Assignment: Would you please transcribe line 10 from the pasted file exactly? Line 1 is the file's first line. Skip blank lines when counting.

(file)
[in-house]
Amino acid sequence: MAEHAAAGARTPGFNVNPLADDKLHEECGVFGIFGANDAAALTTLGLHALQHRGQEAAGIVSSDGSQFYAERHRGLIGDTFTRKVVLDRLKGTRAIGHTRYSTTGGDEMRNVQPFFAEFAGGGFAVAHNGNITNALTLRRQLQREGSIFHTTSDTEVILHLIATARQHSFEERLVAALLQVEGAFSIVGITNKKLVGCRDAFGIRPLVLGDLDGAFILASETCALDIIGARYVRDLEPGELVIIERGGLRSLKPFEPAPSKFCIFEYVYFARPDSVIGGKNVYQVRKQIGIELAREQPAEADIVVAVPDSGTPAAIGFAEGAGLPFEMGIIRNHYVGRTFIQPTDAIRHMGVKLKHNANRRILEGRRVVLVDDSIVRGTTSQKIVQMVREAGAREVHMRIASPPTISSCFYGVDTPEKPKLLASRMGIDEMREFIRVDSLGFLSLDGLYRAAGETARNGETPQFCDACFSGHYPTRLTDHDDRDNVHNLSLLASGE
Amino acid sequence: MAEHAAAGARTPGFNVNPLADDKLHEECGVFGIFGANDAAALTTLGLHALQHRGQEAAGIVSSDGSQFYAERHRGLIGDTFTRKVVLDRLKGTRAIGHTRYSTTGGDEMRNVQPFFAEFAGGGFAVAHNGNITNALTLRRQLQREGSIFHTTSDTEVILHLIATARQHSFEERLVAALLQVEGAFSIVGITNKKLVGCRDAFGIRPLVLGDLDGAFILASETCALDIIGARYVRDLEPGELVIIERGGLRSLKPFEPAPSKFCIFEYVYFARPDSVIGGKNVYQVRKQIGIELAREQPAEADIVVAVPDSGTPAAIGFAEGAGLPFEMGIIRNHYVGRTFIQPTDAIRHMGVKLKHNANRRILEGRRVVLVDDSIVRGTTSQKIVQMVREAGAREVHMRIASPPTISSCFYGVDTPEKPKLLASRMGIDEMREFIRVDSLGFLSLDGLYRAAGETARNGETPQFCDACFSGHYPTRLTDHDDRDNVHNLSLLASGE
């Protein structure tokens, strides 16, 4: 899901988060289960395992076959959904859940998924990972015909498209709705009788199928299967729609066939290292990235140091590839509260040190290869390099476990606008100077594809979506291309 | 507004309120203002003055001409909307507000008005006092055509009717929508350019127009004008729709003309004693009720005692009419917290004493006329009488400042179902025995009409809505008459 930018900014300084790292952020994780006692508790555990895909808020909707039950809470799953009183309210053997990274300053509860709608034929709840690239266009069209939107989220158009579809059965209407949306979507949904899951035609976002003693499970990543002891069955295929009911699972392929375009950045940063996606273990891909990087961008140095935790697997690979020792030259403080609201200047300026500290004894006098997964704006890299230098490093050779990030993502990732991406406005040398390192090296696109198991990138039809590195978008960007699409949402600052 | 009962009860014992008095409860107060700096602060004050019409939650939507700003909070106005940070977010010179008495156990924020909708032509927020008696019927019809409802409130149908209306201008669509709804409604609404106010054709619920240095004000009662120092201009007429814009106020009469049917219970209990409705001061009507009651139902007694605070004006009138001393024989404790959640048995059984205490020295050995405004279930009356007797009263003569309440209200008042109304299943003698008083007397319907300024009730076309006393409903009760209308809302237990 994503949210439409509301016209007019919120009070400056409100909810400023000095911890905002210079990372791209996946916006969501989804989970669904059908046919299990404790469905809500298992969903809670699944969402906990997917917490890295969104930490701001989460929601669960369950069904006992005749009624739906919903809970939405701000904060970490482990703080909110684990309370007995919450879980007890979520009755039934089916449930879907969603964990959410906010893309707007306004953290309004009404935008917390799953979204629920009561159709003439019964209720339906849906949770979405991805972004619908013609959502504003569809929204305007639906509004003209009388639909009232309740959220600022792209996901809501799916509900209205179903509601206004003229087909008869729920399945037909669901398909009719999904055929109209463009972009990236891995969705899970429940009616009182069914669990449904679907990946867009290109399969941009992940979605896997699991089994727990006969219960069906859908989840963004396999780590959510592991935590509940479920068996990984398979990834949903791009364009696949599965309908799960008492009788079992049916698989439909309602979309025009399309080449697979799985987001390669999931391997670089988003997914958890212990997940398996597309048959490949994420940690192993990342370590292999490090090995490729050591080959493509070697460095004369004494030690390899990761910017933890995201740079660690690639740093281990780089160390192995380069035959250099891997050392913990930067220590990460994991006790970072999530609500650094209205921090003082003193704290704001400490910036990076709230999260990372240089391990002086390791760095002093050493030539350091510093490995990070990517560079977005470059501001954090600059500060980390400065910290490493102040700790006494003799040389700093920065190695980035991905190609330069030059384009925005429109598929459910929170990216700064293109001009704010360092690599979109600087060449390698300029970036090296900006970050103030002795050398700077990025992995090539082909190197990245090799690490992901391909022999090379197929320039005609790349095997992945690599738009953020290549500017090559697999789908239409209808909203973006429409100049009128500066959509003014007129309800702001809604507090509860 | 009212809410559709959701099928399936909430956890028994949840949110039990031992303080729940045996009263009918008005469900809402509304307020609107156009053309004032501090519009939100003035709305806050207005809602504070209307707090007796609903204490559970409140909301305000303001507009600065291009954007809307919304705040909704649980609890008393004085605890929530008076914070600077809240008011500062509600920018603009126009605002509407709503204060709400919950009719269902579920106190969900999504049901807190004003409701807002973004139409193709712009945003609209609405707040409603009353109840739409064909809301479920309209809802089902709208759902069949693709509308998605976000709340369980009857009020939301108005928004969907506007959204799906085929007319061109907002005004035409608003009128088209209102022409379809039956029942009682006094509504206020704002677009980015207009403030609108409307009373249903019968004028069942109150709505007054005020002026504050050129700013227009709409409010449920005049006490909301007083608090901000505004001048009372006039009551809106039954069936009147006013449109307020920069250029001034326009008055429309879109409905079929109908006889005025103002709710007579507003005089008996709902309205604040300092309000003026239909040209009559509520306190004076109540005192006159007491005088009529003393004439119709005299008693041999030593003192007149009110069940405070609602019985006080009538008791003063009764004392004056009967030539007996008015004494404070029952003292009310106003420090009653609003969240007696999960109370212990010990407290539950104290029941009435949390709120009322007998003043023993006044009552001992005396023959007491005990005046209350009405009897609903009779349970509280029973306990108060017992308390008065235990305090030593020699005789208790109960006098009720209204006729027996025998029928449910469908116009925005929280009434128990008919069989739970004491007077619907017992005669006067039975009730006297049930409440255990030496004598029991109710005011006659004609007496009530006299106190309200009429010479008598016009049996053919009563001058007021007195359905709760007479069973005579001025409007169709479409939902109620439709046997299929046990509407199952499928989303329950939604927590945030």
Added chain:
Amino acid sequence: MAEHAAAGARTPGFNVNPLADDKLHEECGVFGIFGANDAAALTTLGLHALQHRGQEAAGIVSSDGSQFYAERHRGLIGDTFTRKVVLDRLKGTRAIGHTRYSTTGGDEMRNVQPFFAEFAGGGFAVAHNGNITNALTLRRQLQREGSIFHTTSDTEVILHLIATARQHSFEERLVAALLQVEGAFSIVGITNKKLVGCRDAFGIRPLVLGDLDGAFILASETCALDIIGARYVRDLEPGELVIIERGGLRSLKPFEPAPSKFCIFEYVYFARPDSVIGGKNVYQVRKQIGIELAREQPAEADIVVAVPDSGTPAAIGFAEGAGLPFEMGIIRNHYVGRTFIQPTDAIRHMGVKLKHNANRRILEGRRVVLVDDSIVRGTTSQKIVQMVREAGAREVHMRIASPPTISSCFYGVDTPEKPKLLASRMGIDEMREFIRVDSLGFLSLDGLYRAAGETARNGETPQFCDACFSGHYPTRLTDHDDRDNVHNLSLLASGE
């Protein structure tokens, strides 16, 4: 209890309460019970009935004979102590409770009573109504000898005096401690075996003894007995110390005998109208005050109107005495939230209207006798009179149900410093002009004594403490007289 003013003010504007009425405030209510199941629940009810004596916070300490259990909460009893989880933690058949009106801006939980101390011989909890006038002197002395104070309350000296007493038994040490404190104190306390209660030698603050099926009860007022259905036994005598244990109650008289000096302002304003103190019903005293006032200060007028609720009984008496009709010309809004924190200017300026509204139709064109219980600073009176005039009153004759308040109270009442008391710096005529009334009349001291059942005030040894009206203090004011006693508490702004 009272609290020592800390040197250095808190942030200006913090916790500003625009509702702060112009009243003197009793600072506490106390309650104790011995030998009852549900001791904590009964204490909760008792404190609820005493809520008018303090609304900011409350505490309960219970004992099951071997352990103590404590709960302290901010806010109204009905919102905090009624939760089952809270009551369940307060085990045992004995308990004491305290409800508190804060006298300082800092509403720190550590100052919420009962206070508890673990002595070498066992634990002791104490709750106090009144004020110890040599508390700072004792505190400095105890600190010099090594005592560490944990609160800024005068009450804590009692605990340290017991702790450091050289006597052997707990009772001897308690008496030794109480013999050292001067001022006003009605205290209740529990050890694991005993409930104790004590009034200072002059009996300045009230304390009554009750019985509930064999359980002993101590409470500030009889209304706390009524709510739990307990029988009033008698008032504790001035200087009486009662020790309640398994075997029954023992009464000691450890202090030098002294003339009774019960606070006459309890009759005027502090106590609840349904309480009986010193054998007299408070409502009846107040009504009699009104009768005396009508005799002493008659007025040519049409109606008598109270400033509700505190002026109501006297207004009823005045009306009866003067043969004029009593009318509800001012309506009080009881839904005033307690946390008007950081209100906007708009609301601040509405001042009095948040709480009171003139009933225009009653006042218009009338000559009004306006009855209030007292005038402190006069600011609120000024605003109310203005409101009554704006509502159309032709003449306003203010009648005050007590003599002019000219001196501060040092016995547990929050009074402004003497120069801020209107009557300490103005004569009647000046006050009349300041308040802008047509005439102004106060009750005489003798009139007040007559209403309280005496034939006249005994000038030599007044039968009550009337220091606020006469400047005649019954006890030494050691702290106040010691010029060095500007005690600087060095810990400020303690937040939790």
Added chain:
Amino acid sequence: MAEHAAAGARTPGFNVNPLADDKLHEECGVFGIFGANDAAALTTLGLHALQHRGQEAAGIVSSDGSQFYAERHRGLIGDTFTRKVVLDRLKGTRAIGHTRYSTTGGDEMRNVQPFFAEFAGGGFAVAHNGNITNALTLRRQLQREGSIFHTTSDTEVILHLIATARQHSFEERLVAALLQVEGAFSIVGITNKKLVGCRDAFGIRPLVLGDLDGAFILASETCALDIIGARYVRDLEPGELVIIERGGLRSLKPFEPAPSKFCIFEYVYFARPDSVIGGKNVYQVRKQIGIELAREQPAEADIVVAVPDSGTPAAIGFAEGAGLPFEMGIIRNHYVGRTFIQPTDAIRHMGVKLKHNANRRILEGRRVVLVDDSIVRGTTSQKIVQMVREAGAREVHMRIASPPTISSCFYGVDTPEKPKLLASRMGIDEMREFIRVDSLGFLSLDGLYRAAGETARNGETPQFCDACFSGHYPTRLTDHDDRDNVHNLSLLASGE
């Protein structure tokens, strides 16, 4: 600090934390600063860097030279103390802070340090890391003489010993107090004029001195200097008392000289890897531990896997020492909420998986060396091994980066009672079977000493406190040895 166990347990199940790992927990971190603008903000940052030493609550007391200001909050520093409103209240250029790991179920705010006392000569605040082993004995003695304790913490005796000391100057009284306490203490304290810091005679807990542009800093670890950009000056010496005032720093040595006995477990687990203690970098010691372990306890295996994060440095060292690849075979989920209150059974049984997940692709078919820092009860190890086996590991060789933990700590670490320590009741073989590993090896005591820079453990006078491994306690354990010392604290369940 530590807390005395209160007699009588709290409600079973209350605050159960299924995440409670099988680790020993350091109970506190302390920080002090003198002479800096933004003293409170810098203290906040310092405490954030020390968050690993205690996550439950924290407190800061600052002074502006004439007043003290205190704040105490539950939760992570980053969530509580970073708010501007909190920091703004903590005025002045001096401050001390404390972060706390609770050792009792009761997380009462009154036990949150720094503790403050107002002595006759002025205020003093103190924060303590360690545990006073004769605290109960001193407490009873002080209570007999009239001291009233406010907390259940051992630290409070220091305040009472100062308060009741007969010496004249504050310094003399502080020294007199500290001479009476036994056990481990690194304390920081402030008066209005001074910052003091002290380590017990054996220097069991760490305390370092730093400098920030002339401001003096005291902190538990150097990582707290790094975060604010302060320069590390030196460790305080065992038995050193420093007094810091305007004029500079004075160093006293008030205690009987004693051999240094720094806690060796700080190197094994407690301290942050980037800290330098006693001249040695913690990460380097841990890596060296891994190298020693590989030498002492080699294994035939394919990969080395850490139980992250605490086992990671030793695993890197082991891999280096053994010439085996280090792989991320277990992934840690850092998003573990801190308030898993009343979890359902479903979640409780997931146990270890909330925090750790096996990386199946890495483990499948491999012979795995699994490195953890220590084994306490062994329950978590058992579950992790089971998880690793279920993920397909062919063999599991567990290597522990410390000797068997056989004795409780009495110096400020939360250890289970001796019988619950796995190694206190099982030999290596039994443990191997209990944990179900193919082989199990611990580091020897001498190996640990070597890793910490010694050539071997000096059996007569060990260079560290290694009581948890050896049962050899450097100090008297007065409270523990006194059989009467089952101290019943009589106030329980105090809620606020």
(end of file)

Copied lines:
């Protein structure tokens, strides 16, 4: 600090934390600063860097030279103390802070340090890391003489010993107090004029001195200097008392000289890897531990896997020492909420998986060396091994980066009672079977000493406190040895 166990347990199940790992927990971190603008903000940052030493609550007391200001909050520093409103209240250029790991179920705010006392000569605040082993004995003695304790913490005796000391100057009284306490203490304290810091005679807990542009800093670890950009000056010496005032720093040595006995477990687990203690970098010691372990306890295996994060440095060292690849075979989920209150059974049984997940692709078919820092009860190890086996590991060789933990700590670490320590009741073989590993090896005591820079453990006078491994306690354990010392604290369940 530590807390005395209160007699009588709290409600079973209350605050159960299924995440409670099988680790020993350091109970506190302390920080002090003198002479800096933004003293409170810098203290906040310092405490954030020390968050690993205690996550439950924290407190800061600052002074502006004439007043003290205190704040105490539950939760992570980053969530509580970073708010501007909190920091703004903590005025002045001096401050001390404390972060706390609770050792009792009761997380009462009154036990949150720094503790403050107002002595006759002025205020003093103190924060303590360690545990006073004769605290109960001193407490009873002080209570007999009239001291009233406010907390259940051992630290409070220091305040009472100062308060009741007969010496004249504050310094003399502080020294007199500290001479009476036994056990481990690194304390920081402030008066209005001074910052003091002290380590017990054996220097069991760490305390370092730093400098920030002339401001003096005291902190538990150097990582707290790094975060604010302060320069590390030196460790305080065992038995050193420093007094810091305007004029500079004075160093006293008030205690009987004693051999240094720094806690060796700080190197094994407690301290942050980037800290330098006693001249040695913690990460380097841990890596060296891994190298020693590989030498002492080699294994035939394919990969080395850490139980992250605490086992990671030793695993890197082991891999280096053994010439085996280090792989991320277990992934840690850092998003573990801190308030898993009343979890359902479903979640409780997931146990270890909330925090750790096996990386199946890495483990499948491999012979795995699994490195953890220590084994306490062994329950978590058992579950992790089971998880690793279920993920397909062919063999599991567990290597522990410390000797068997056989004795409780009495110096400020939360250890289970001796019988619950796995190694206190099982030999290596039994443990191997209990944990179900193919082989199990611990580091020897001498190996640990070597890793910490010694050539071997000096059996007569060990260079560290290694009581948890050896049962050899450097100090008297007065409270523990006194059989009467089952101290019943009589106030329980105090809620606020």